It is possible to resist this effect.  In fact, the effect is wholly dependent on a state I like to call active listening.  It is a state of mind that all oral and aural traditions depend on.  Without active listening, the effect may not be felt.  Transcendent states of mind must be actively pursued.  The immediate effect of special music that harks from an era when human beings coveted transcendental states of mind is to beckon, but it cannot forcibly drag anyone into a state of transcendence who isn’t ready and willing to be transformed by the intent that is at the core of this music.

Another feature of the sacred music of the ancient eastern world that is crucial to its intended effect is the meter free melodies.  This concept may be the most ‘alien’ of them all; it is certainly the most difficult to master.  Meter free means the melody has no overt rhythm to guide the music, no repetitive beat to inform the musician when to play the next note.  Learning to play music with a flexible tempo requires a special quality of listening.  And just as with microtones, which must be played with great deliberateness, the moment of playing the tones in meter free music must be similarly intended.

There is no other way to learn the special syntax of meter free music than the oral tradition, where the intent of the music must be delivered along with the technique.  And the syntax cannot be arbitrary.  It has to match the intent of the music, which, as we explained above, is to be transported, so to speak.  The peculiar syntax of ancient eastern meter free music seems to resemble the syntax of epic storytelling, as if we are being guided on our trip inward, to the ‘place’ where transcendence is possible.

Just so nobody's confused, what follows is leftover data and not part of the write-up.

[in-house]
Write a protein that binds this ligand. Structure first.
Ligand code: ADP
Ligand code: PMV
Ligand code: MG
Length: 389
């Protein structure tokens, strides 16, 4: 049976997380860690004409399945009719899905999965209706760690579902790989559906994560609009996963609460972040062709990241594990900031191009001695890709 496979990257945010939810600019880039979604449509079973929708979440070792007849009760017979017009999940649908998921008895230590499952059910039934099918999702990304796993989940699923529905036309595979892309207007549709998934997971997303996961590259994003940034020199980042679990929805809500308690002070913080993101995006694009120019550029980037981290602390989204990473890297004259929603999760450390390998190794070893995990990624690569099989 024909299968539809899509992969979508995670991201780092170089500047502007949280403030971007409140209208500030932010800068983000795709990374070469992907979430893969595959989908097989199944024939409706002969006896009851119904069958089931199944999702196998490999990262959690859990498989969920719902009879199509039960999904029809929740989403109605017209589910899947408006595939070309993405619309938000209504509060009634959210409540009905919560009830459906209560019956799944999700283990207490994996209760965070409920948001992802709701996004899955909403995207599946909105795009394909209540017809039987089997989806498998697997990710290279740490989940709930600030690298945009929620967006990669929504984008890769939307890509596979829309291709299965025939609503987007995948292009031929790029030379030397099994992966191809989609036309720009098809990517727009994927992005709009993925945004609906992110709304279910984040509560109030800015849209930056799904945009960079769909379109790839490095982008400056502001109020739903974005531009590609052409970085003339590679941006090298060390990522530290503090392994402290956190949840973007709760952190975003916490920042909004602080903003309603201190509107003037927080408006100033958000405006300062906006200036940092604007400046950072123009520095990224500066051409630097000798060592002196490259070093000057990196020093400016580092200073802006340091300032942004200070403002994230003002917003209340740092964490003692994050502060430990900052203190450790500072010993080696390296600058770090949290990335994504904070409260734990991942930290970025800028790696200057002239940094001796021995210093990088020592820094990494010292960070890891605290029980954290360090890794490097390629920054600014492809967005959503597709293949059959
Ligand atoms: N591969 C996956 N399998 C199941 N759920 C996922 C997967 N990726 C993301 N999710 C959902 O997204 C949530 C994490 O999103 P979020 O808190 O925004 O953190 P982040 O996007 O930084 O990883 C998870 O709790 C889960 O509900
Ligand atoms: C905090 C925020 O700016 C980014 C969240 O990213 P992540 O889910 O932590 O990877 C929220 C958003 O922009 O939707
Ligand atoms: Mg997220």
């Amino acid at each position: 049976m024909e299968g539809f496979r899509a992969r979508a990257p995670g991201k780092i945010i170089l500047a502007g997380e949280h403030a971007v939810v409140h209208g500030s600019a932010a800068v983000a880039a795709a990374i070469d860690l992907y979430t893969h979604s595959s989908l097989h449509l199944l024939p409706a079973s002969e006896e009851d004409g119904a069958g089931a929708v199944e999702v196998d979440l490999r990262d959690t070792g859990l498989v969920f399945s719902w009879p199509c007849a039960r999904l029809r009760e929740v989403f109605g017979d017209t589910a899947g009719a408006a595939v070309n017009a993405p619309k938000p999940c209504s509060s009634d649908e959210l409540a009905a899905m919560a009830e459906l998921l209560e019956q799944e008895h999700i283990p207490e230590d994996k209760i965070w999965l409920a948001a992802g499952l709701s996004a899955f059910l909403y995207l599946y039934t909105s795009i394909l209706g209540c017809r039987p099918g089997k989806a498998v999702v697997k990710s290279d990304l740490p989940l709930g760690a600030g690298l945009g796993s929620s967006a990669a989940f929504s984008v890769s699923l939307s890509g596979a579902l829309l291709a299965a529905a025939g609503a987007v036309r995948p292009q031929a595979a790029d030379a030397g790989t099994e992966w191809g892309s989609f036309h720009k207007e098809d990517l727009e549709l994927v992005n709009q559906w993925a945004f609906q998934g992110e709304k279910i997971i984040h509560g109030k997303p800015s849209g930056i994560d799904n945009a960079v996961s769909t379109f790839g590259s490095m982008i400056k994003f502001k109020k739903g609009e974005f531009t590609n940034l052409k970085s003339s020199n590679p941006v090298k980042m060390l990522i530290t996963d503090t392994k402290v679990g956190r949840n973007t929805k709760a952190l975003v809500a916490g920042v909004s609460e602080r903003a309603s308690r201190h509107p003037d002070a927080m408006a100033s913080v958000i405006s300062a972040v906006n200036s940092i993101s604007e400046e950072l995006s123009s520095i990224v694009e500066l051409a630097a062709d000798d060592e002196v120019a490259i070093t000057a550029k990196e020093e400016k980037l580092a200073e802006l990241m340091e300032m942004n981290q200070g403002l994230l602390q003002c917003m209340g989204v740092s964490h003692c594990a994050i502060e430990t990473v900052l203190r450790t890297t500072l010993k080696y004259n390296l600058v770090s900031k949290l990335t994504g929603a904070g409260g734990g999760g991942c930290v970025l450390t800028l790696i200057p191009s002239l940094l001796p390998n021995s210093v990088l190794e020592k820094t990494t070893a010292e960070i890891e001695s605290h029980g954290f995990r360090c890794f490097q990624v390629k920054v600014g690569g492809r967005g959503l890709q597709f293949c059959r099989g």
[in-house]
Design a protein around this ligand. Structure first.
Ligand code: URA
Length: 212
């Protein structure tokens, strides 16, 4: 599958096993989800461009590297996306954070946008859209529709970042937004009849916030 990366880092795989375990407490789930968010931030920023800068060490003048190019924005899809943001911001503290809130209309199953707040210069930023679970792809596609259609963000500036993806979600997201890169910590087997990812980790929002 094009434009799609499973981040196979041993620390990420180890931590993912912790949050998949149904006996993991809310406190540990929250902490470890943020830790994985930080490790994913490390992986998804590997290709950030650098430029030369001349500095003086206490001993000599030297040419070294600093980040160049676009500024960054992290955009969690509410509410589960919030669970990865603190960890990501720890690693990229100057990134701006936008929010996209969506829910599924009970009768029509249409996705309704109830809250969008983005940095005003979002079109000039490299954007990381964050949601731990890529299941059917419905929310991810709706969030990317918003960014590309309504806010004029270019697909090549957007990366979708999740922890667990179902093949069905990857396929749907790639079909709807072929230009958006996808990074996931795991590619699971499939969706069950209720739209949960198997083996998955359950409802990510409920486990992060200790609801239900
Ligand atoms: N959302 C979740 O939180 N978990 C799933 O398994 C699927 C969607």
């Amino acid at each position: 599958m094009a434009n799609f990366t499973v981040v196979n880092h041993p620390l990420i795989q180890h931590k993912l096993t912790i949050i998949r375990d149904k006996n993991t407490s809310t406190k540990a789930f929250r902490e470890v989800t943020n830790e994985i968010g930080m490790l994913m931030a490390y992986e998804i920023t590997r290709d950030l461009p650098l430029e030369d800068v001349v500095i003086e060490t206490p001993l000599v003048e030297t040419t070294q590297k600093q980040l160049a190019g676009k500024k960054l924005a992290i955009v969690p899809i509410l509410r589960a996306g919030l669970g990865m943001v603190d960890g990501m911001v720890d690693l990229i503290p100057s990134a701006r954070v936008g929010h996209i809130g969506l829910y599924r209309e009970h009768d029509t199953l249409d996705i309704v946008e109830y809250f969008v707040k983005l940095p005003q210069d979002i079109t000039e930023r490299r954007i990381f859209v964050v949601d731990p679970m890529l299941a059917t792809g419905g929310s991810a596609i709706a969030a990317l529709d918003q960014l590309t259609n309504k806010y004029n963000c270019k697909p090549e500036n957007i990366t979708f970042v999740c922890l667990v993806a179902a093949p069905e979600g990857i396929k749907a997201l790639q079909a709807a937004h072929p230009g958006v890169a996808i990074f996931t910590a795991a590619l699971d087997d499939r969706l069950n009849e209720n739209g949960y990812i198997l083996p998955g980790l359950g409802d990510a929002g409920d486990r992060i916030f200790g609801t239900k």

Another important feature of ancient eastern music is the convoluted melodic line, resembling the twists and turns, the under / over complexity of arabesque.  This impression is further strengthened by the sense that the melody is not a fixed composition but is being rendered in a fresh and new way in the present moment.  There is the original composition which took centuries to evolve, and there is the demand for a fresh expression of that traditional composition.  The word ‘improvisation’ comes to mind, a word most commonly associated with jazz, and ancient eastern sacred music is not jazz, certainly, but it may be the only way we can describe this feature of the traditional music of the ancient east.

Not only would written score undermine the improvisational aspect of this music, it also circumvents the student’s struggle to ‘find’ the melody inside so that the expression of it through the instrument or voice requires the element of intention.